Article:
Susan Kang

Susan Kang

Associate Professor
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University of Minnesota
University of Illinois at Urbana-Champaign


Susan Kang, Associate Professor of Political Science, received a BA from the University of Illinois at Urbana-Champaign and a PhD from the University of Minnesota. Her research and teaching interests include international relations, international political economy, labor and human rights, and international law. She has published articles in the following journals: New Political ScienceHuman Rights Quarterly and Journal of Workplace Rights.  Her book Human Rights and Labor Solidarity: Trade Unions and the Global Economy was published by the University of Pennsylvania Press in 2012.  She is the former co-chair of the Labor Project, an American Political Science Association Related Group, and is currently serving as an at-large member of the Executive Committee of the Human Rights Section of the International Studies Association.

Scholarly Work

  • Forthcoming, “What the documents can’t tell you: Participant observation in the field.” Forum contribution in PS: Political Science and Politics.
  • (2016) “Whither Economic and Social Rights: Considering the Place of Economic and Social Rights in the Post-Crisis Context,” in Human Rights Protection for Canadians: International, National, and Provincial Rights Regimes (Gord DiGiacomo, ed.) with Jennifer Rutledge, pp. 359-380.
  • (2013) "Contesting Claims of Science: Democratic Legitimacy and Disrupting Mad Cow Policies in the US-Korea Free Trade Agreement," Globalizations, Volume 10 (4), 587-602.
  • (2013) “Demands Belong to the 99%” Book chapter, in Occupying Political Science: The Occupy Wall Street Movement from New York to the World (2013), Palgrave Macmillan, Christopher Malone, Meghana Nayak, Matthew Bolton, Emily Welty (editors).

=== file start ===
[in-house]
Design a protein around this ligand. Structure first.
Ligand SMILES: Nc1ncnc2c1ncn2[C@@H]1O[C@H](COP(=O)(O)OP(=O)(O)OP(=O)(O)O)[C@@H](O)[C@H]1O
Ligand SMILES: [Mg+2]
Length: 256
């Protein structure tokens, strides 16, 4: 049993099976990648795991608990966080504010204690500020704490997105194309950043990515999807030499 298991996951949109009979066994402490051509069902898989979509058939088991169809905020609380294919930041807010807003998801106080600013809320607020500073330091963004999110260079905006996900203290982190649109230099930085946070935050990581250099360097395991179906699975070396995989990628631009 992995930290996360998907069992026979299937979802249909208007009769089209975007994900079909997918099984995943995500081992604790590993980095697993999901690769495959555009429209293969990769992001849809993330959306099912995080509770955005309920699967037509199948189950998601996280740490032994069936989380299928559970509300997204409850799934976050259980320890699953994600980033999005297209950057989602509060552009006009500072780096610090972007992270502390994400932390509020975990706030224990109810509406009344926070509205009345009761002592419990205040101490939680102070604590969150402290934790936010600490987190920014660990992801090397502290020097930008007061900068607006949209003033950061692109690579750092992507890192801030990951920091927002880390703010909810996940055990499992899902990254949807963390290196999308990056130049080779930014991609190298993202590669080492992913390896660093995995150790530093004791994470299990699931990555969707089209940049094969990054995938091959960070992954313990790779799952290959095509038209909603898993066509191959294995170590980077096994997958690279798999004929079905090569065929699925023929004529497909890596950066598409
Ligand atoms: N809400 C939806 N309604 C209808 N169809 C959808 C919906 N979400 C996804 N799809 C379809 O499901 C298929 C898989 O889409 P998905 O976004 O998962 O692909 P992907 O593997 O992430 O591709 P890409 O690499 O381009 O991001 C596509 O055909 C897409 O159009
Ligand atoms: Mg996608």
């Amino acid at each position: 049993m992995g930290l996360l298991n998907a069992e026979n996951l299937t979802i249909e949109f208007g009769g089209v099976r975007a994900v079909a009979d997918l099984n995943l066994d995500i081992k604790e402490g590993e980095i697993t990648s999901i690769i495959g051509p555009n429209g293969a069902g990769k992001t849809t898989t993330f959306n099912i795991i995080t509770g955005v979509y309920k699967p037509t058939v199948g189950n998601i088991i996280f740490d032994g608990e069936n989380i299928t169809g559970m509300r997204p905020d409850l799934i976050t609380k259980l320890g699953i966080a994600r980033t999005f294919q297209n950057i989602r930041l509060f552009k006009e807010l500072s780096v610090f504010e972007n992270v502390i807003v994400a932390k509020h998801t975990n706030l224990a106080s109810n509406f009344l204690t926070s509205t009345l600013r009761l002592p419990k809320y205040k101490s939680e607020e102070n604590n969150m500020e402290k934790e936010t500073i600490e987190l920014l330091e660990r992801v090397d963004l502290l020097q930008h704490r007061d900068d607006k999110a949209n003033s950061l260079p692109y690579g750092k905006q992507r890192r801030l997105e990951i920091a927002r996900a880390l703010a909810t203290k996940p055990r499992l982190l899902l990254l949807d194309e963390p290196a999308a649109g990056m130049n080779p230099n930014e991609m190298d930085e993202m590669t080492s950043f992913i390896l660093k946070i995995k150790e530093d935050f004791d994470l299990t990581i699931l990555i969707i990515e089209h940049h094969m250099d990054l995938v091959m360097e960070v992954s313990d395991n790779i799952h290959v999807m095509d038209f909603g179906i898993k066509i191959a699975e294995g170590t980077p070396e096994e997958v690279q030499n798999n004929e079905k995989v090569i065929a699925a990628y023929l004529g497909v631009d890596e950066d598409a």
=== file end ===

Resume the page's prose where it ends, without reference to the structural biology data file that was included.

• (2012) “Right v. Privilege: Contesting Public Sector Labor Rights in the United States,” Agora contribution in Human Rights Review, Volume 13 (3): 379-389.
  • (2012) Rights and Solidarity: Trade Union Rights in the Global Economy, University of Pennsylvania Press (Pennsylvania Studies in Human Rights)
  • (2010) “Labor and the Bank: Investigating the Politics of the World Bank's Employing Workers' Index.” Journal of Workplace Rights Vol. 14(4) 481-501.
  • (2009). “The Unsettled Relationship of Economic and Social Rights and the West: A Response to Whelan and Donnelly,” Human Rights Quarterly 31(4), pp. 1006-1029.
  • (2009). “Forcing Prison Labor: International Labor Standards, Human Rights and the Privatization of Prison Labor in the Contemporary United States,” New Political Science, 31(2), pp. 137-161.

Research Summary

My research focuses on the ways in which trade unions and other civil society actors challenge the erosion of economic and social rights by unresponsive states.  In addition to conventional domestic strategies, such as strikes or demonstrations, these actors also use international tools such as human rights treaties and institutions to delegitimize existing domestic practices.  I place my research at the intersection of international political economy, international law, and human rights.  I am also interested in the broader shift away from solidarity and class based politics within industrialized democracies since the end of the Cold War.

Area of Expertise

Faculty Expertise: topics/keywords

International Law

Human Rights

Trade Unions

International Organizations

International Political Economy

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